1947 was a big year for Dr Pepper — that was the year their beautiful (and sorely missed) plant opened at Mockingbird and Greenville.


1947 was also a noteworthy year for the company, because of a large federal grand jury indictment which charged several corporations and individuals — including Dr Pepper and some of its bottlers and employees — with sugar-rationing violations (these “irregularities” appear to have begun in the last months of World War II, when wartime food rationing was still serious business). Black-market sugar! A district representative of Dr Pepper was assessed a small fine, but charges of conspiring to violate sugar-rationing regulations which were brought against the DP parent-company were ultimately dismissed, a ruling which angered Federal Judge Alfred P. Murrah, who seems to have been extremely unhappy about the dismissals, as can be read in his blistering statement below.

AP story, via Waco News-Tribune, July 30, 1947

Two of the individuals charged in the case — New Mexico residents — received prison sentences in what was described as “the largest black market sugar operation on record,” involving over a million pounds of sugar.

This “Happy Halloween!” post took a bit of an unexpected dark detour. Let’s cleanse our palate with something happier: another party idea with Dr Pepper and a hollowed-out pumpkin (found on eBay).


More Halloween posts from Flashback Dallas can be found here.


Copyright © 2017 Paula Bosse. All Rights Reserved.


Film Footage: “The State Fair of Texas in the 1960s”

sfot_1960s_jones-collection_smu_men-in-suits_ice-creamEveryone likes ice cream…. (G. William Jones Collection, SMU)

by Paula Bosse

Thanks to Twitter, I discovered this cool video of film clips of the State Fair of Texas, shot throughout the 1960s, courtesy of SMU’s WFAA Newsfilm Collection/G. William Jones Film and Video Collection, put together by Moving Image Curator Jeremy Spracklen. There are 15 or so clips, some in black and white, some in color, some silent, some with sound. This compilation runs about 24 minutes. Watch it. You’ll enjoy it — especially the montage of fair food at the end! (Make sure you watch in fullscreen.)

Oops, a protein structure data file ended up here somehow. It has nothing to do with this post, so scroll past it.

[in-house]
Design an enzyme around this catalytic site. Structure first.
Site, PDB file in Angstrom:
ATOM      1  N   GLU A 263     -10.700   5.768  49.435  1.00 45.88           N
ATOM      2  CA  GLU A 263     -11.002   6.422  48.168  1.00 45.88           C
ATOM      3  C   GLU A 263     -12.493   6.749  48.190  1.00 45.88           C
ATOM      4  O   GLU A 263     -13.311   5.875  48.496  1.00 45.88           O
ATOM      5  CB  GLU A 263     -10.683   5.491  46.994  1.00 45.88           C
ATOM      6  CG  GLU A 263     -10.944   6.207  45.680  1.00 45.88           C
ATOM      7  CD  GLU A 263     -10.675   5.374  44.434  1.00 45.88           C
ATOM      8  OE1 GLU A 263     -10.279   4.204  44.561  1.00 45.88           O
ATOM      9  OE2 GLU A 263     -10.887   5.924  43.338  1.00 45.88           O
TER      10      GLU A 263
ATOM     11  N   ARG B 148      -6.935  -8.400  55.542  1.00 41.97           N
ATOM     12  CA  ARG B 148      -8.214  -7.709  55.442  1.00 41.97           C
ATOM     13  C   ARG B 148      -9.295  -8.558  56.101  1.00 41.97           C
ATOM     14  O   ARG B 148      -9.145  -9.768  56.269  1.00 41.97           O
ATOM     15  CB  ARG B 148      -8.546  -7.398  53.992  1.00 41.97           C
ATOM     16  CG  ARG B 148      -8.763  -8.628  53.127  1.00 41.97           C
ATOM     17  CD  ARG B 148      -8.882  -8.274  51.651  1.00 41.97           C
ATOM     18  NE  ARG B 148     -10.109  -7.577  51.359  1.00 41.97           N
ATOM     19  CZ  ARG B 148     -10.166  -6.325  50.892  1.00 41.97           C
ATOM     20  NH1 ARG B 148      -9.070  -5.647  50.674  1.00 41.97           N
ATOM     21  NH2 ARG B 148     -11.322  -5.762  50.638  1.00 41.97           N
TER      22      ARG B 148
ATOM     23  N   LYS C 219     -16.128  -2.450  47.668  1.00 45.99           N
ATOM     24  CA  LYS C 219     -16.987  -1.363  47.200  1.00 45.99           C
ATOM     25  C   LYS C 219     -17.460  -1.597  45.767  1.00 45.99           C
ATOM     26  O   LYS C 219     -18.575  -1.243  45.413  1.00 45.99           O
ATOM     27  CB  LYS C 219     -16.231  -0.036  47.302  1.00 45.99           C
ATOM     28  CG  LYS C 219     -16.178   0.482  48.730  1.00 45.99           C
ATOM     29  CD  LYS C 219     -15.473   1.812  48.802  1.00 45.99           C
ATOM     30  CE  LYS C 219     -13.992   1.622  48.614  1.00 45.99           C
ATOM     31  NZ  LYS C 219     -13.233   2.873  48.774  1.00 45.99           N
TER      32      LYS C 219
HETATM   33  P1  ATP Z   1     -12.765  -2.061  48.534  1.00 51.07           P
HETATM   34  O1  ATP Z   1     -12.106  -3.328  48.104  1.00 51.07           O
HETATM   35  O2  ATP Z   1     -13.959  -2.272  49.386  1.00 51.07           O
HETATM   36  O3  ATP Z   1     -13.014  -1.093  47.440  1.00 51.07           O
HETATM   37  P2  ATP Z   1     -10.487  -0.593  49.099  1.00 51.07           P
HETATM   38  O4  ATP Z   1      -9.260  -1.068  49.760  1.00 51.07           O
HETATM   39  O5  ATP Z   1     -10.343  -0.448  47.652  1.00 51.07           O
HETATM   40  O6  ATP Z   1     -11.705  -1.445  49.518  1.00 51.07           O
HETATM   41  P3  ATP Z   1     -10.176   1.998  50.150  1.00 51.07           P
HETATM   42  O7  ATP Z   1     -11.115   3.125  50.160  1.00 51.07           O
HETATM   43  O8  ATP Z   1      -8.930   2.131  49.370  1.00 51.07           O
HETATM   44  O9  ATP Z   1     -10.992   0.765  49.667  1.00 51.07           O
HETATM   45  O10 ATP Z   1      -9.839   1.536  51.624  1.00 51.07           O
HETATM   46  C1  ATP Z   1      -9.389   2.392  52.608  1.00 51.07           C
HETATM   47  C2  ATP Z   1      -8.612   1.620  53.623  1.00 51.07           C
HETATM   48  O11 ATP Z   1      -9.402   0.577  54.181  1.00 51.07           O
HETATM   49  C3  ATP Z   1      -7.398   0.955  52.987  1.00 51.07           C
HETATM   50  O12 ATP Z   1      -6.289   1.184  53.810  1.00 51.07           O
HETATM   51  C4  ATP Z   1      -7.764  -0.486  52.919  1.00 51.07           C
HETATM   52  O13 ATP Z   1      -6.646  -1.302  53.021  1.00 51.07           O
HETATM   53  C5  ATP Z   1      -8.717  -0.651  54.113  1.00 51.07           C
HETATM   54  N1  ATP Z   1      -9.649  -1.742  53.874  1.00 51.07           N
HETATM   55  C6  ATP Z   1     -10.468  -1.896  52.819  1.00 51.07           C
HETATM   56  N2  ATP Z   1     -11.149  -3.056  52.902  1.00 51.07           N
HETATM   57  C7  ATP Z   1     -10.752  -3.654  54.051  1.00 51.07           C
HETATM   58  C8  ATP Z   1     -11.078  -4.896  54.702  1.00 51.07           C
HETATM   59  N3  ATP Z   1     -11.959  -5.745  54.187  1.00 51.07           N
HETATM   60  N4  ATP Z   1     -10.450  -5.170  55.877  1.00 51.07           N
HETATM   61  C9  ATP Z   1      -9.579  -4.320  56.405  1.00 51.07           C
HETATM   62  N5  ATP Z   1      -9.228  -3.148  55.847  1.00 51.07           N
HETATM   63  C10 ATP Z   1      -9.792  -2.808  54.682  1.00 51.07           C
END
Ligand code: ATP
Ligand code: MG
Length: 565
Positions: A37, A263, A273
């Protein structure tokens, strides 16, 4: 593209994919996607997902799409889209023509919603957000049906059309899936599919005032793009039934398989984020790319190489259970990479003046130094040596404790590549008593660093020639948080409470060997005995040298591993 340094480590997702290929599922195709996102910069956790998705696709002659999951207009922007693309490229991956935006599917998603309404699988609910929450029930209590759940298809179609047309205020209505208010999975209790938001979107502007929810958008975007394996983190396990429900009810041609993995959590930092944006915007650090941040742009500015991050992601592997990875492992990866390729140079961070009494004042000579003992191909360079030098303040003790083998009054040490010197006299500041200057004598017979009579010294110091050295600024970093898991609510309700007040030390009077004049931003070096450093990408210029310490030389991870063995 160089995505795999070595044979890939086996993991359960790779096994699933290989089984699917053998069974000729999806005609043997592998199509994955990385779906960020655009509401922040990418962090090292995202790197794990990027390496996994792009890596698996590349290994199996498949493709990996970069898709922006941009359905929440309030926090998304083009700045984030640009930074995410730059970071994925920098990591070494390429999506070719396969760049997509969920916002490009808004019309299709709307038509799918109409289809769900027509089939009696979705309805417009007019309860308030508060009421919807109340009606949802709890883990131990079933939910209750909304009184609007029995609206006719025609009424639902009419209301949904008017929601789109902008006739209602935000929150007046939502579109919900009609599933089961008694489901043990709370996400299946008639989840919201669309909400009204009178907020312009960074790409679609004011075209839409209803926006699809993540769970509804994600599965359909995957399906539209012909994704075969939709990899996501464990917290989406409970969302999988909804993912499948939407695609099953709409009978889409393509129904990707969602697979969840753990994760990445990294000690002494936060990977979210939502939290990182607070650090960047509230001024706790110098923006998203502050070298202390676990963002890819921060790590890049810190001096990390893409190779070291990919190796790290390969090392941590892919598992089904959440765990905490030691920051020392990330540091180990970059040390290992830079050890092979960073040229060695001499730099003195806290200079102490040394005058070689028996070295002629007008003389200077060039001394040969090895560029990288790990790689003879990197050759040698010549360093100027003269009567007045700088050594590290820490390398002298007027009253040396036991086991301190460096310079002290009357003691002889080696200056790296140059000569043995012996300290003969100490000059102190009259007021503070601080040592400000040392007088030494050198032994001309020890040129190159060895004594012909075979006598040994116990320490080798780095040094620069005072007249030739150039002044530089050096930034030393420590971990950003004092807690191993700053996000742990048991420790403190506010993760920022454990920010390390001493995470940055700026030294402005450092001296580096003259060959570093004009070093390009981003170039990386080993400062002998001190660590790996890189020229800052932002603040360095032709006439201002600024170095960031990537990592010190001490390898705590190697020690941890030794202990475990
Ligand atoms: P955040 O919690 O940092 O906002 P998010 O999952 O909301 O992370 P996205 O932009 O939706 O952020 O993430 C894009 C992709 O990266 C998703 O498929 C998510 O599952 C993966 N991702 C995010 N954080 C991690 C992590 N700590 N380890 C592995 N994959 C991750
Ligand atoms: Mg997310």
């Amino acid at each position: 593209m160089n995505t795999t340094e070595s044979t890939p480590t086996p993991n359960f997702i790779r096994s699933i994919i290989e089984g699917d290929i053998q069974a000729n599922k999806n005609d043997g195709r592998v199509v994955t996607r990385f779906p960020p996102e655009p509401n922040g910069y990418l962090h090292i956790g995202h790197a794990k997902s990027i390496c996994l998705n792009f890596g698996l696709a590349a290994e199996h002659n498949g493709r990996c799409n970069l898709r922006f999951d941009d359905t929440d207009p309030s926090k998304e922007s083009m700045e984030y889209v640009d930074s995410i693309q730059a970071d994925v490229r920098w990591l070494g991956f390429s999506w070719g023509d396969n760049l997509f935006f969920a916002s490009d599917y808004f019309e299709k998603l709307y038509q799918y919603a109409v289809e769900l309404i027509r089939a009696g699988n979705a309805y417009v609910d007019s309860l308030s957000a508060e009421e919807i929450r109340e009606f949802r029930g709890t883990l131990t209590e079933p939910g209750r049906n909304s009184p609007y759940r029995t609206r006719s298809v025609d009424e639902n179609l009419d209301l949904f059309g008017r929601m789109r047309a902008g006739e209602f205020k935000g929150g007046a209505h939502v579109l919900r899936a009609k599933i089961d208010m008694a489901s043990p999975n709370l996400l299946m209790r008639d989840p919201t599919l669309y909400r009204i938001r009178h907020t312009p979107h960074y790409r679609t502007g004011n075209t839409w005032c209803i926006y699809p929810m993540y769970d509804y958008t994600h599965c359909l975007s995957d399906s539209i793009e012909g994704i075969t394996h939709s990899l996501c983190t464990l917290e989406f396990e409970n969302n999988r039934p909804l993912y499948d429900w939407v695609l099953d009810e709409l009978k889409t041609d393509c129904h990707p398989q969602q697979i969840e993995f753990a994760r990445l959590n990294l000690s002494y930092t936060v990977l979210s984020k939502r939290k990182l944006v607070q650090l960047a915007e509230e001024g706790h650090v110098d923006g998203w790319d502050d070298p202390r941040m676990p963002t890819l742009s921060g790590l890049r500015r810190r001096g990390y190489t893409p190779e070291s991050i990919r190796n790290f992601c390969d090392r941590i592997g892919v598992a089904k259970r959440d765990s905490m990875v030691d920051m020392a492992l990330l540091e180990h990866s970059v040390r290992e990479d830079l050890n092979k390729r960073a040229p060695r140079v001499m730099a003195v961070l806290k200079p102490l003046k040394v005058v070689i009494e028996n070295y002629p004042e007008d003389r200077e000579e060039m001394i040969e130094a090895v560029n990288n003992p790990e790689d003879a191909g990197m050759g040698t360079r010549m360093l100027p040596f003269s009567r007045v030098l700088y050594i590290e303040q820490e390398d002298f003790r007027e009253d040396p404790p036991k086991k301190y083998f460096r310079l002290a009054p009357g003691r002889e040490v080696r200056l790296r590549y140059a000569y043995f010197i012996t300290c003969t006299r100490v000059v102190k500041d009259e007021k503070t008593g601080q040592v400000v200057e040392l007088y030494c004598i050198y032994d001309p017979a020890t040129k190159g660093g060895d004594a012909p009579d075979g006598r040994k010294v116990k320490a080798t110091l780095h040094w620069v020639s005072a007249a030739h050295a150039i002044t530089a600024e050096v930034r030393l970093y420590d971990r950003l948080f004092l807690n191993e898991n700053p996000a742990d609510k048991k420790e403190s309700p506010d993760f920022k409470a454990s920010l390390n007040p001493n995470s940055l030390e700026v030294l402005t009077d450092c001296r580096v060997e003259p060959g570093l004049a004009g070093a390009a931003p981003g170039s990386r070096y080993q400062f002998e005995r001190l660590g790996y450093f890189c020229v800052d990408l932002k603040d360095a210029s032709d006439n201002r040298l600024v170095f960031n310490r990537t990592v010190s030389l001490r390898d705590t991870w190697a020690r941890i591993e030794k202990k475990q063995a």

Here are a few screengrabs I took, to give you an idea of the content (images are much cleaner in the video!).

Getting ready for the fair.


Fair Park entrance.


Crowd, baby, binoculars.


Neuhoff hot dog stand.


The monorail (with a cameo by Big Tex).


I don’ t know who this guy is, but he’s in several shots and I love him! Here he is losing out to the woman who correctly guessed his weight.


Kids eating … Pink Things! “Made famous at Six Flags.”


Aqua Net and Moët. (I have to say, I’ve never seen champagne at the fair, but perhaps those are circles I don’t travel in.)


Everyone needs a corny dog fix.




Have a groovy time at this year’s State Fair of Texas!



Sources & Notes

Film clips from Southern Methodist University’s WFAA Newsfilm Collection/G. William Jones Film and Video Collection; the video has been edited by SMU’s Moving Image Curator, Jeremy Spracklen. The direct link to the video on Vimeo is here.


Copyright © 2017 Paula Bosse. All Rights Reserved.

Happy Mother’s Day from Mrs. Baird’s Bread — 1949


by Paula Bosse

Sure hope Mom can handle all that gluten!

Happy Mother’s Day!


Sources & Notes

Newspaper ad from 1949. The “Freshie” ad campaign — featuring a Mrs.-Baird’s-Bread-obsessed kid — ran in Texas newspapers from about 1945 to 1953. More of the ads can be seen in the post “The ‘Freshie’ Ads for *-@!!@!* Delicious Mrs. Baird’s Bread — 1945-1953,” here.